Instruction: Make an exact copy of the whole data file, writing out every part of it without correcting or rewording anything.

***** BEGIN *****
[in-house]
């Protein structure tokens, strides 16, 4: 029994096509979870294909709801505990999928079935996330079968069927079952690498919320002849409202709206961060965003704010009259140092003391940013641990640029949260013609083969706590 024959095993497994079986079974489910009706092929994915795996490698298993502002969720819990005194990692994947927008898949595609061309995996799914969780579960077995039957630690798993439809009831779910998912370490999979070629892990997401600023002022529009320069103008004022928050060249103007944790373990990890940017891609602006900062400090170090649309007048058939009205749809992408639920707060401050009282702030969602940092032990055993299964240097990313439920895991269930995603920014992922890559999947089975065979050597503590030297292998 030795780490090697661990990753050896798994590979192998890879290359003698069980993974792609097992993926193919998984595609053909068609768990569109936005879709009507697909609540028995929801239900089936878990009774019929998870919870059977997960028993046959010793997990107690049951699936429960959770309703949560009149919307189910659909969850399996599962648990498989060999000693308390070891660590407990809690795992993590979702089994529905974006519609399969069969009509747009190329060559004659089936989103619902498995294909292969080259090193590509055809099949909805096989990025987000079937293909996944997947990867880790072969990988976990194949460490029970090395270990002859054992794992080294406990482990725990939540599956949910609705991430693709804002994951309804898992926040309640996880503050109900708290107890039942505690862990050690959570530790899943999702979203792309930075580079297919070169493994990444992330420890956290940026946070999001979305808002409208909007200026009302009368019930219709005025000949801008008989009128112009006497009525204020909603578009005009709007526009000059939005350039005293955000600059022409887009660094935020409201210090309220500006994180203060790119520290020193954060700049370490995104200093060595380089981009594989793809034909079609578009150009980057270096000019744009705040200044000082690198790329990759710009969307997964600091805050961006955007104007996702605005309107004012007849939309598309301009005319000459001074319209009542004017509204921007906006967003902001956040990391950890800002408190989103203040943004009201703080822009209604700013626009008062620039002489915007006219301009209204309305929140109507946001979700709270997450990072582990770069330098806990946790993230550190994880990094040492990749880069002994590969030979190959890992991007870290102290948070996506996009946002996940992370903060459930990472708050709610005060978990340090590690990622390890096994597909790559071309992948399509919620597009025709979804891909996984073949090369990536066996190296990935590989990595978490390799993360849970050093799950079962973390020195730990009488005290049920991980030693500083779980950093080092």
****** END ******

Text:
[in-house]
């Protein structure tokens, strides 16, 4: 029994096509979870294909709801505990999928079935996330079968069927079952690498919320002849409202709206961060965003704010009259140092003391940013641990640029949260013609083969706590 024959095993497994079986079974489910009706092929994915795996490698298993502002969720819990005194990692994947927008898949595609061309995996799914969780579960077995039957630690798993439809009831779910998912370490999979070629892990997401600023002022529009320069103008004022928050060249103007944790373990990890940017891609602006900062400090170090649309007048058939009205749809992408639920707060401050009282702030969602940092032990055993299964240097990313439920895991269930995603920014992922890559999947089975065979050597503590030297292998 030795780490090697661990990753050896798994590979192998890879290359003698069980993974792609097992993926193919998984595609053909068609768990569109936005879709009507697909609540028995929801239900089936878990009774019929998870919870059977997960028993046959010793997990107690049951699936429960959770309703949560009149919307189910659909969850399996599962648990498989060999000693308390070891660590407990809690795992993590979702089994529905974006519609399969069969009509747009190329060559004659089936989103619902498995294909292969080259090193590509055809099949909805096989990025987000079937293909996944997947990867880790072969990988976990194949460490029970090395270990002859054992794992080294406990482990725990939540599956949910609705991430693709804002994951309804898992926040309640996880503050109900708290107890039942505690862990050690959570530790899943999702979203792309930075580079297919070169493994990444992330420890956290940026946070999001979305808002409208909007200026009302009368019930219709005025000949801008008989009128112009006497009525204020909603578009005009709007526009000059939005350039005293955000600059022409887009660094935020409201210090309220500006994180203060790119520290020193954060700049370490995104200093060595380089981009594989793809034909079609578009150009980057270096000019744009705040200044000082690198790329990759710009969307997964600091805050961006955007104007996702605005309107004012007849939309598309301009005319000459001074319209009542004017509204921007906006967003902001956040990391950890800002408190989103203040943004009201703080822009209604700013626009008062620039002489915007006219301009209204309305929140109507946001979700709270997450990072582990770069330098806990946790993230550190994880990094040492990749880069002994590969030979190959890992991007870290102290948070996506996009946002996940992370903060459930990472708050709610005060978990340090590690990622390890096994597909790559071309992948399509919620597009025709979804891909996984073949090369990536066996190296990935590989990595978490390799993360849970050093799950079962973390020195730990009488005290049920991980030693500083779980950093080092």